Written by: Joe Hempel of Top of the Heap Reviews
I picked up SPORE pre-release at Horror Hound Cincinnati where I got the pleasure of meeting Tamara Jones and having her sign my copy. It was a much different book than I generally read, and to be honest, I wasn’t sure if I would like it. Samhain however has very rarely let me down, so if this novel was good enough for Don D’Auria, it’s probably going to be pretty good.
The concept isn’t one that’s seen in novels all that much. It involves people returning from the dead, but unlike your typical zombie-fare, these folks all look normal, have all their senses. The only thing that comes even close to the concept that I’ve read is Handling the Undead by John Ajvide Lindqvist. The exception here is that the only thing missing is the time gap from when they died, to when they “woke up” naked in Sean Casey’s back yard, rather than being a typical “undead”.
With the time gap comes a new world for a lot of people. For instance, the houses they once lived in are now owned by other people, cars are different, people in charge a different. It’s a wholly different life for a lot of people, and this is explored some, but not enough to detract from the main part of the story.
The main part revolves around Sean, his girlfriend Mare, and her friend, the newly resurrected Mindy. While there is much more going on in the world than the scope of this book, you really get drawn into the plots surrounding Sean and company. Each character has their own quirks and reactions of what’s happening, but you’ll most likely find yourself more empathetic to the character of Mindy. As the story progresses you really start wondering what her new life is going to be like, or even if there is going to be a new life. Like, does this new lease on life expire or not? Are they going to drop dead….again?
Another great aspect of this book is the little social media quips at the top of each chapter. In one little snapshot you get a really good feel for the effect of social media on the news. You get to see in little doses how quickly lies and misinformation spreads. Kind of a neat little social media experiment really.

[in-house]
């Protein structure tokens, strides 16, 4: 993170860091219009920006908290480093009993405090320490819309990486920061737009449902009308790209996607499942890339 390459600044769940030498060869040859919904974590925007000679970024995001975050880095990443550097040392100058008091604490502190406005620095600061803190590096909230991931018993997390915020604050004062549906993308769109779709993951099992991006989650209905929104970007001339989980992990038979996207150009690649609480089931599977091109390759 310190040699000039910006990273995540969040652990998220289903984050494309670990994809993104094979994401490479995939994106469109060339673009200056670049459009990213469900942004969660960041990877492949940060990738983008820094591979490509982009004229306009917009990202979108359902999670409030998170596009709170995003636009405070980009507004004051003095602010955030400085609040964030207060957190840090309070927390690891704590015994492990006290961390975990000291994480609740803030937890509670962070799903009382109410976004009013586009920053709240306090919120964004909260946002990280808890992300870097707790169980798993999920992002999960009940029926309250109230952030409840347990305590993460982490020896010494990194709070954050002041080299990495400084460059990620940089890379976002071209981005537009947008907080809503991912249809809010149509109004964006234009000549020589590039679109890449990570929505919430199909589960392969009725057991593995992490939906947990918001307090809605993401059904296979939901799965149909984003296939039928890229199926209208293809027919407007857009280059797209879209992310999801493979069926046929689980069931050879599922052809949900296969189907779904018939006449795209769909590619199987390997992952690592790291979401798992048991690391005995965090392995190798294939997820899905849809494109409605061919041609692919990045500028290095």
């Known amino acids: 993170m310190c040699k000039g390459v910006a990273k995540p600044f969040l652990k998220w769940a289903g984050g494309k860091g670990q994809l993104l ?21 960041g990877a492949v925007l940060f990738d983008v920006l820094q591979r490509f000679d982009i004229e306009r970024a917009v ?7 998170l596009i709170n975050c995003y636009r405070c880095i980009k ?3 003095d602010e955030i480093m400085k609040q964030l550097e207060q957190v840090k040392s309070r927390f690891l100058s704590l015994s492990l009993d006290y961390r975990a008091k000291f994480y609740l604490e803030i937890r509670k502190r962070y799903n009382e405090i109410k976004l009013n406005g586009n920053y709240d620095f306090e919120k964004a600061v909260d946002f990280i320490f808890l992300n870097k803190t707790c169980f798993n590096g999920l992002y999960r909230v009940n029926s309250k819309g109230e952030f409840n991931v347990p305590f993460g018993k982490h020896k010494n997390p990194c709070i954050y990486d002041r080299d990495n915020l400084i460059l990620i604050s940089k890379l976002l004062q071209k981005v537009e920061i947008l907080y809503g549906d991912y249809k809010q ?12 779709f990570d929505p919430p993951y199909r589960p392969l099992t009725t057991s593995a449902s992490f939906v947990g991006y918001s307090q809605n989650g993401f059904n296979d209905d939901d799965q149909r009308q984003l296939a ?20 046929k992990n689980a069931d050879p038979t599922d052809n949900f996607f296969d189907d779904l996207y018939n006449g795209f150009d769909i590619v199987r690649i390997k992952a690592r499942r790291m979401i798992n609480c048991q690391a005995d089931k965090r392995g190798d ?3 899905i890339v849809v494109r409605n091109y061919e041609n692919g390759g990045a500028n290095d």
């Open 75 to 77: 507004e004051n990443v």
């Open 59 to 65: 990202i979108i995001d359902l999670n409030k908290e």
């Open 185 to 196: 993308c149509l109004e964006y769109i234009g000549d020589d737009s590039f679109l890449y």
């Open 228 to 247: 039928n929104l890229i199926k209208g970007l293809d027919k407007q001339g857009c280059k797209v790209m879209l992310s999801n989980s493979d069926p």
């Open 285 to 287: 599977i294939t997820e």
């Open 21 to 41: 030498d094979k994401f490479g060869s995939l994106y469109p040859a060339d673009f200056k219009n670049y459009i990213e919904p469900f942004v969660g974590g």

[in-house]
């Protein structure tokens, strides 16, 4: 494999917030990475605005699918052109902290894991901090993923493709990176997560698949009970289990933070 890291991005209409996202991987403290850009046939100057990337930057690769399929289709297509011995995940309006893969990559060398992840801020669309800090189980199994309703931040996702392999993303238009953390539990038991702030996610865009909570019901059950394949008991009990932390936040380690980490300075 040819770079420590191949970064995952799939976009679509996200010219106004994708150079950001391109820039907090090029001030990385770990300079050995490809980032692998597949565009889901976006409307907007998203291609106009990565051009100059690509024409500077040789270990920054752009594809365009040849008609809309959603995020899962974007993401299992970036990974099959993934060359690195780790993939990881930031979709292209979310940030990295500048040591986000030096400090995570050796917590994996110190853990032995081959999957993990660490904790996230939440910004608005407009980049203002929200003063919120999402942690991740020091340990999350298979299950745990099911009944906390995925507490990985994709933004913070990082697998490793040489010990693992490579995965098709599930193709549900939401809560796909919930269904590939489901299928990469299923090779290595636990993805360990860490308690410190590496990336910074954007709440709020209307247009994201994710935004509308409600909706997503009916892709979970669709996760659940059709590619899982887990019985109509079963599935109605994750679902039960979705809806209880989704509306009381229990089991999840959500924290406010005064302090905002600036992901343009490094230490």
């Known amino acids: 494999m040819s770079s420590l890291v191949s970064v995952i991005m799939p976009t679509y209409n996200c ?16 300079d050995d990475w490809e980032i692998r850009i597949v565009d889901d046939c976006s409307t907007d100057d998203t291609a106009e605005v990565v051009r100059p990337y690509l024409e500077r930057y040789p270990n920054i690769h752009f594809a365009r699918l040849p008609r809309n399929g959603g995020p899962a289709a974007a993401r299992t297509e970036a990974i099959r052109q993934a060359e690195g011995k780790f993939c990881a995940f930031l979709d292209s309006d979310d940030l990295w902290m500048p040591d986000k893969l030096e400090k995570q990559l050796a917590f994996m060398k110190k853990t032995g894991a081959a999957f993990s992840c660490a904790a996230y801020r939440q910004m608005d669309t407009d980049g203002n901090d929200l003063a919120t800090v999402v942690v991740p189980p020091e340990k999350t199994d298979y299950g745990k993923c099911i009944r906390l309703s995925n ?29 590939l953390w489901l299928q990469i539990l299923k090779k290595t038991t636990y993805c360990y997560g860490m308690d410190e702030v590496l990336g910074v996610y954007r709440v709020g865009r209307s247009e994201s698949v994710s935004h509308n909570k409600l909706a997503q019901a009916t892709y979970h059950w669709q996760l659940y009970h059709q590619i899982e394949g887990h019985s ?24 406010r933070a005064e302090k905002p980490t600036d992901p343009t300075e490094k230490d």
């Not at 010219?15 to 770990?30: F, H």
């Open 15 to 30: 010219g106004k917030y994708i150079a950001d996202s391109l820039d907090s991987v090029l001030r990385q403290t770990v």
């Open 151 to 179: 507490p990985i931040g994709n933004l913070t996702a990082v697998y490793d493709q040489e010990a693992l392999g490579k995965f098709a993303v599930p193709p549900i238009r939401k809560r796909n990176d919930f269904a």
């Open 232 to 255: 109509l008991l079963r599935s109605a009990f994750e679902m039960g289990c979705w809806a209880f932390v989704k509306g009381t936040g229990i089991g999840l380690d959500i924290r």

Both of these instances are also kind of the downfall of the book too. Through social media you get this vision of the world, but you never really know anything else. You get this limited scope of the world, and it tries to mix science-fiction and horror, with quite a bit of intense personal drama, but you never really find out the “why” or see how much of this impacts other parts of the country. For that reason I find the book lacking quite a bit of resolution. Sure, the main characters all have their issues resolved for good or for bad, but because you get just a little glimpse of the much wider picture, you kind of want to know more thus closing the book a bit un-satisfied because absolutely nothing outside of the little town of Pinell.
The Bottom Line: The book is good for what it does. It pulls on the heart strings and gets you really asking the question about “what if” people did come back from the dead, and were, for the most part, normal. It feels like a great “first book” in a series setting up the Spores and getting peoples knee jerk reactions. With each continuing book pulling the camera lens back ala Scott Sigler’s Infected series until we get the full picture. I can’t say it’s a definite buy, but I don’t think you’ll be wholly disappointed either.
Rating: 2.5/5 stars as a standalone novel. If this becomes the first in a series, it would be bumped up to 3.5/5 stars.